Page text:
# Evaluating the Gamma Function with Taylor Series

So, I recently discovered the gamma function, and I was playing around with this variant of it: $$\int_0^\infty{x^z e^{-x}}dx$$ It appears to be impossible to take the antiderivative of this. I looked around, and all I could find were answers for special cases and certain numbers. But for any number "z", how would you perform this integration? The best thing I could think of was creating a taylor series for $$x^z e^{-x}$$ and then integrating that. Would that work, or is there another method I'm missing? (Sorry, calculus noob here.) Thanks!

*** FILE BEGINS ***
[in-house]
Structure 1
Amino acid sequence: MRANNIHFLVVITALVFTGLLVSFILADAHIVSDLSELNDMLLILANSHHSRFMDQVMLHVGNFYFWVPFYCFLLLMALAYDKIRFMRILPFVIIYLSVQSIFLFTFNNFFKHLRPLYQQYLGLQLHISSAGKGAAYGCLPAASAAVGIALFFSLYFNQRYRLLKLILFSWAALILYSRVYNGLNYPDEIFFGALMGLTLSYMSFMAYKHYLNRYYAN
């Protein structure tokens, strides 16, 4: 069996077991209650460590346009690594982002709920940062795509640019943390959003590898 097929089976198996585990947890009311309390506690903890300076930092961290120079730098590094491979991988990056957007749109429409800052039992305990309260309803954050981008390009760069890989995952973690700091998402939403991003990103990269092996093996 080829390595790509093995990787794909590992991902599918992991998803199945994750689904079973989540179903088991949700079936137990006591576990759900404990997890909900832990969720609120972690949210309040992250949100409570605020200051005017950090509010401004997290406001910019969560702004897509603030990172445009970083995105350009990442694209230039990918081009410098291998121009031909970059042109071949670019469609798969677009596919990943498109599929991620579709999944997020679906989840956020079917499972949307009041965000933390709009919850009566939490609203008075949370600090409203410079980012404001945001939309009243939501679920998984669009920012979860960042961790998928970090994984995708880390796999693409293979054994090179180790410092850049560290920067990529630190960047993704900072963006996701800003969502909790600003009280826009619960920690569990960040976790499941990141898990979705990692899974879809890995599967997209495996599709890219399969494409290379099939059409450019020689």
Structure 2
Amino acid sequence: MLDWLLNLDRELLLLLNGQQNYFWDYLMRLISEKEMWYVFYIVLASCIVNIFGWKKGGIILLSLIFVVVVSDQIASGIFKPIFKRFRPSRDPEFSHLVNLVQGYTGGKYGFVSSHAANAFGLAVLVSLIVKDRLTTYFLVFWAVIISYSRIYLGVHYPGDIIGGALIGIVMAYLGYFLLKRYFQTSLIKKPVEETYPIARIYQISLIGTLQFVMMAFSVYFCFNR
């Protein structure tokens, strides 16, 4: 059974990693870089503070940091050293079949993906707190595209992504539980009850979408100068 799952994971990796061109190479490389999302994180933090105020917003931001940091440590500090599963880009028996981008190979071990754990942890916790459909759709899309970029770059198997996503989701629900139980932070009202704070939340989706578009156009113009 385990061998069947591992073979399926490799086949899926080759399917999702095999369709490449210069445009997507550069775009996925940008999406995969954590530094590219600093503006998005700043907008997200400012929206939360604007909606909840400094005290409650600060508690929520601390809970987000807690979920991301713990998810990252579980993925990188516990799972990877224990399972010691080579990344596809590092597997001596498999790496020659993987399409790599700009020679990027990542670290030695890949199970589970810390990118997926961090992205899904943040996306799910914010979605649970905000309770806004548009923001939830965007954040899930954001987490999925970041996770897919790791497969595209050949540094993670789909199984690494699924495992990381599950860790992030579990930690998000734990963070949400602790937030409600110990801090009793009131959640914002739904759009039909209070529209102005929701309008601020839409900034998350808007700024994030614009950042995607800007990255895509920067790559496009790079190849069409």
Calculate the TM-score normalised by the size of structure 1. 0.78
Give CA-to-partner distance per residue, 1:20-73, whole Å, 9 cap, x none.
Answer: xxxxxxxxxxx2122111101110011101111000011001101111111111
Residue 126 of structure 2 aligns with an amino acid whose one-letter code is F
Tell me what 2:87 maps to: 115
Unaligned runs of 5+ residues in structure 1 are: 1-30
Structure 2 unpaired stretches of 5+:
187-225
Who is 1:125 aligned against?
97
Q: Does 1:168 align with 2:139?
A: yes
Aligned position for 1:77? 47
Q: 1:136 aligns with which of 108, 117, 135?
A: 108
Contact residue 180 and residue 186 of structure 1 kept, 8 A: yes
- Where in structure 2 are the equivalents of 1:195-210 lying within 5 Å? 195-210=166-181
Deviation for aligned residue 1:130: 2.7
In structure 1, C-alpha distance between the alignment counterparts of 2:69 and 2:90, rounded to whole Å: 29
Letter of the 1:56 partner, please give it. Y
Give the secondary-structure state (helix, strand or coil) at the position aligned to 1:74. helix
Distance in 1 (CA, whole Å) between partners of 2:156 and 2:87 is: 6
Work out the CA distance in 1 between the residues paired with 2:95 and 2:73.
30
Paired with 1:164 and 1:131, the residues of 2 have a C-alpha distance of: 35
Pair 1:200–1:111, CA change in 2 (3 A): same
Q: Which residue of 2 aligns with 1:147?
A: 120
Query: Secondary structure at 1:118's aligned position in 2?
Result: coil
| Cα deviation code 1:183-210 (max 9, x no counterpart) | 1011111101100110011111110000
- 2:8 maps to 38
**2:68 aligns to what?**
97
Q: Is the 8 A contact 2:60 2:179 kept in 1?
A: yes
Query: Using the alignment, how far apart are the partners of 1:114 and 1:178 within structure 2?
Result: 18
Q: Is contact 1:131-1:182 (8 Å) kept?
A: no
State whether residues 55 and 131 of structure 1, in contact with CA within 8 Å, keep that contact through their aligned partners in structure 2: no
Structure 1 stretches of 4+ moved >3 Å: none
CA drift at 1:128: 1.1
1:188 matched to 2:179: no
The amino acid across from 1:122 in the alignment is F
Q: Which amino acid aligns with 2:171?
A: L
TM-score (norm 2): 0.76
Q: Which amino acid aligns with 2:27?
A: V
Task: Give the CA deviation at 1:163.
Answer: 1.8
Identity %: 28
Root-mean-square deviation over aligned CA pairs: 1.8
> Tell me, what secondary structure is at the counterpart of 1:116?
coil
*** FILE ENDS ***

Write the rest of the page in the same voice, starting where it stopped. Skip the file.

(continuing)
• You could use recursion. May 2, 2020 at 20:42
• If $z$ is an integer, integrate by parts $z$ times. May 2, 2020 at 20:54
• Thank you so much for all the responses - In the end, I decided to use a riemann sum. May 2, 2020 at 21:30

Do you remember this formula? $$\int a^xdx=\frac{1}{\ln a}a^x+C$$ So $$\int x^zdz=\int e^{z\ln x}dz=\frac{1}{\ln x}x^z+C$$ and hence $$\int \Gamma(z)dz=\int\int_0^\infty x^ze^{-x}dxdz=\int_0^\infty\int x^ze^{-x}dzdx=\int_0^\infty \bigg(\frac{1}{\ln x}x^z+C\bigg)e^{-x}dx=\int_0^\infty \frac{1}{\ln x}x^ze^{-x}dx+C.$$